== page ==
Turkish band faces visa trouble on way to US festival
ISTANBUL - Hürriyet Daily NewsOne of Turkey’s rising indie rock bands, The Away Days is set to make it big in the United States – if they are allowed in.
U.S. authorities have rejected the band members’ applications for touristic and business visas, instead requiring the “P type” visa given only to performers set to hit the stage in the country.
The performer visa requirement, however, requires an employee, which the band does not have due to the nature of the SXSW festival, which provides unsigned bands the opportunity to perform for large crowds. Around 2,000 bands are chosen to play at the festival each year, from over 30,000 applicants, and its stages have seen the likes of John Mayer, James Blunt and the Foo Fighters.
The band, formed in 2011, is one of the strongest newcomers to emerge from the indie scene in Turkey, and has been receiving positive responses and play time on U.K. and U.S. radio stations due to their English lyrics. One of their recent gigs was opening for U.S. singer Paul Banks at his much-anticipated Istanbul shows.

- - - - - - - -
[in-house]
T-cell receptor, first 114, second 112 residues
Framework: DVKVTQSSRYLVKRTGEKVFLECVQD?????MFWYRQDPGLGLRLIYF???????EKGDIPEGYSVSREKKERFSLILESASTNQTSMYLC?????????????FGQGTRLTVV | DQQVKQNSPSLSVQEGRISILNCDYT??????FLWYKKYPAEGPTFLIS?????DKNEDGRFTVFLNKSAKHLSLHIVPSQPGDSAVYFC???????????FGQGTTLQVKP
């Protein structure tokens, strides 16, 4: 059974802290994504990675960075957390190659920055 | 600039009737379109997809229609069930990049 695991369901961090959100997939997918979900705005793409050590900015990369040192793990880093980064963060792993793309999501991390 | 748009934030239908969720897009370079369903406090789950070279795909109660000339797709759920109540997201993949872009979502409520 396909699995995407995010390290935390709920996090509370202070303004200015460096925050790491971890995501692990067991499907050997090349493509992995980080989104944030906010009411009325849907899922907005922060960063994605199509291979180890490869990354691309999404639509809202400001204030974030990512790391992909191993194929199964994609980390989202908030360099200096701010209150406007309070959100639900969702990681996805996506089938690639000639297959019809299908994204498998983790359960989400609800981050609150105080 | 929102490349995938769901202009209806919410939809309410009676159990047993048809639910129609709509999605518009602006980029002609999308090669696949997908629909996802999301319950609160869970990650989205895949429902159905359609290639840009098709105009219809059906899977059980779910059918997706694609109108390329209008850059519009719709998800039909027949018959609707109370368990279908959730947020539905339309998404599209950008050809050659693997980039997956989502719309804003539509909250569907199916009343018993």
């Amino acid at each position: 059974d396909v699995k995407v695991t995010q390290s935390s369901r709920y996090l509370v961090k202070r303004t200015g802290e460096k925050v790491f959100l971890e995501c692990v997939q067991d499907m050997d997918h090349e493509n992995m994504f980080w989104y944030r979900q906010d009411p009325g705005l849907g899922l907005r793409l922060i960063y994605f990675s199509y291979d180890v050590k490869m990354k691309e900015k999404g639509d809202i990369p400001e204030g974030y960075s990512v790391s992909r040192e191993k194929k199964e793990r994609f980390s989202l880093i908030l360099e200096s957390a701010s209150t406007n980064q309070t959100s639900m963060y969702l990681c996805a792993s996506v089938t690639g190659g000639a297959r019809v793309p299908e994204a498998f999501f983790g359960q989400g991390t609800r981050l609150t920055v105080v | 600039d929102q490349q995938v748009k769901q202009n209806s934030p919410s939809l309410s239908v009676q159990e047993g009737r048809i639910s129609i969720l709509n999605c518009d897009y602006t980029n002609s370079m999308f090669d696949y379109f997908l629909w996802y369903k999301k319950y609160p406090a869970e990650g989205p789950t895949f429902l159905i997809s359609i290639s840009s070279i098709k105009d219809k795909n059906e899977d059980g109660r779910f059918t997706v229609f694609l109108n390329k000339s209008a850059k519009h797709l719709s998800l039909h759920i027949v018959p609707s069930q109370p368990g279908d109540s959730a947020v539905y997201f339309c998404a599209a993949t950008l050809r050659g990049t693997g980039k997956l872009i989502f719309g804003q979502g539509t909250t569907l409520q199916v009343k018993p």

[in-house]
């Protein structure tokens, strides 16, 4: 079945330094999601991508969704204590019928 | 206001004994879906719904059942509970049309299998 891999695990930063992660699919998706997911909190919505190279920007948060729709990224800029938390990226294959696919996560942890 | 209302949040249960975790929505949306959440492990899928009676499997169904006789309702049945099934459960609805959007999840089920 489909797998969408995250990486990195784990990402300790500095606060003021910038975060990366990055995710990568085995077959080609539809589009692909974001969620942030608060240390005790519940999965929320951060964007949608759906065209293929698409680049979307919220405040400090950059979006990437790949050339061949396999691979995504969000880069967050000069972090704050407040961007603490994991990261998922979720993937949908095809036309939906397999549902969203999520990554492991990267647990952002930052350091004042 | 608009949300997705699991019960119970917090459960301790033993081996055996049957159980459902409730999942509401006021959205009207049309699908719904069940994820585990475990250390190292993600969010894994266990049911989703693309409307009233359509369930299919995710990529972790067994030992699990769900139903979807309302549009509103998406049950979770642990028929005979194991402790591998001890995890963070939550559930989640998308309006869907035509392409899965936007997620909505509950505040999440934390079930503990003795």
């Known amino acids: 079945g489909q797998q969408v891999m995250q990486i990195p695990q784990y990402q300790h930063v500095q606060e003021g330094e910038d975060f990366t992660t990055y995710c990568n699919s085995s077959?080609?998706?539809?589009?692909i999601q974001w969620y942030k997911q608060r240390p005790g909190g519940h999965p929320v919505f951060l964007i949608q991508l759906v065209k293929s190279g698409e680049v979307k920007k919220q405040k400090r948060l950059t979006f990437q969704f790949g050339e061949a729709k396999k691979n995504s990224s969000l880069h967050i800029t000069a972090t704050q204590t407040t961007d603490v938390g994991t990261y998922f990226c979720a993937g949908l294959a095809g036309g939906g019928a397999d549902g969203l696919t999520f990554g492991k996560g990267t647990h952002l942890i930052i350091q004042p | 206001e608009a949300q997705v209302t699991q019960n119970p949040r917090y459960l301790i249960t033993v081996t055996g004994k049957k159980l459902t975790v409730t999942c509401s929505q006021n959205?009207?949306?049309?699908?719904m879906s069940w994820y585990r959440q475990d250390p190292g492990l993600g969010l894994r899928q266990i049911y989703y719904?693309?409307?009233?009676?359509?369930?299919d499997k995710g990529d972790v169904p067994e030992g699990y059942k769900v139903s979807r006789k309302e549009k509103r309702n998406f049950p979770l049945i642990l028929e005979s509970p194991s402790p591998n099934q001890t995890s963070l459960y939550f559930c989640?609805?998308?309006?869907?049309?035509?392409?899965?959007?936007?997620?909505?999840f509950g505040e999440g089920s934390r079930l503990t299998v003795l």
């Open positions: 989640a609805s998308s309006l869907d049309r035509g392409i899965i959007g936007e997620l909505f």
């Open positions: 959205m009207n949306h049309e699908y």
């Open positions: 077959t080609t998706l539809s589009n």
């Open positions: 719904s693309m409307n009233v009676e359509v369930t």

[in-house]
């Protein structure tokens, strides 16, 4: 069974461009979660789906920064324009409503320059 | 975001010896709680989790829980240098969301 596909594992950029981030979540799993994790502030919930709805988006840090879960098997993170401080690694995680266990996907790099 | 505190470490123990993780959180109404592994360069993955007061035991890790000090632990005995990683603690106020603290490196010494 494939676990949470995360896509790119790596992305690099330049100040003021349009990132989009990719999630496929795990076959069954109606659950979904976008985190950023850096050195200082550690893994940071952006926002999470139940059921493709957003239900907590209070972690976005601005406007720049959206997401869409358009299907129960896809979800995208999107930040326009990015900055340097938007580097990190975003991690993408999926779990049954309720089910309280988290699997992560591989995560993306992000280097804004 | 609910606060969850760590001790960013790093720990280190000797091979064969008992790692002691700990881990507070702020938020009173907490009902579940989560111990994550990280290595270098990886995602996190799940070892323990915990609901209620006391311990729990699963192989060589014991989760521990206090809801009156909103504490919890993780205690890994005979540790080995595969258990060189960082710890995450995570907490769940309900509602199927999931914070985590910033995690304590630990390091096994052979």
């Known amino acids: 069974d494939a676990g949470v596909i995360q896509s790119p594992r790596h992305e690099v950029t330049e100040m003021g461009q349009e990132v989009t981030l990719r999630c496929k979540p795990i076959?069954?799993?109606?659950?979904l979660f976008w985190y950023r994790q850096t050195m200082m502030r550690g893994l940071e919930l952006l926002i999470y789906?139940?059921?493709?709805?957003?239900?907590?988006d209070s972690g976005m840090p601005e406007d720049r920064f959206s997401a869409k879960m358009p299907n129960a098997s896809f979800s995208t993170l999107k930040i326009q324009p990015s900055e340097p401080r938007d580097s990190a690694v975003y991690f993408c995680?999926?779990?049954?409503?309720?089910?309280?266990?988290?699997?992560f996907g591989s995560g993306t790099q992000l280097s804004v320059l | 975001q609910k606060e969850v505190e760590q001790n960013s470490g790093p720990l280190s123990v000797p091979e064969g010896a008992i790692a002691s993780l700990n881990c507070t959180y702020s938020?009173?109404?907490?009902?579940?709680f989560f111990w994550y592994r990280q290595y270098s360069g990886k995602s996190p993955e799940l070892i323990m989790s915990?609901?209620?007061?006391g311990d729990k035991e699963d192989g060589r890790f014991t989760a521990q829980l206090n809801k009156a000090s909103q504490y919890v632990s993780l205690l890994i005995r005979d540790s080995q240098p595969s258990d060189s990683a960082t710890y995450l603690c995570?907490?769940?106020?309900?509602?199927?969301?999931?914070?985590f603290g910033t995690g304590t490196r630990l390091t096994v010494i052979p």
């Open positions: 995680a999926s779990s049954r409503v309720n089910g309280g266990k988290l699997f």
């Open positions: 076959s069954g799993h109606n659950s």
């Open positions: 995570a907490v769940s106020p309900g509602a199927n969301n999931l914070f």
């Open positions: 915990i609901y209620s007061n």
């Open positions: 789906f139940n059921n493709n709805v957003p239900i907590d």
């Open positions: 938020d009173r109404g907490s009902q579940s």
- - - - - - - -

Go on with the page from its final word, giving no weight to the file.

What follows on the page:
South by Southwest Festival (SXSW) lawyers told the band that the performer visa was not required to attend the festival, and sent band members official invitations to ease the visa process, band agent Elif Tanverdi told the Hürriyet Daily News.
“We have sponsorship documents, accommodation arrangements, plane tickets and two separate invitation letters from SXSW,” Tanverdi said. “One of the letters explains in detail that the festival committee does not pay the performers and asks the authorities to provide the band with tourist visas.”
Even the Culture and Tourism Ministry stepped in, with a provincial directorate addressing the U.S. consulate in a letter, asking that the problem be resolved.
“We see the participation of The Away Days in the SXSW festival in Texas as having a positive impact in promoting Turkey abroad,” read the letter, which was provided to the Daily News by Tanverdi.
The issue remains unsolved so far, with band members waiting for the results.
“There is less than a month,” Tanverdi said. “We are all surprised and in a panic right now. We don’t want to lose the opportunity of a lifetime because of something like this. This could change the lives of these 19-and-20-year-old kids, but we’re stuck with this bureaucratic obstacle.”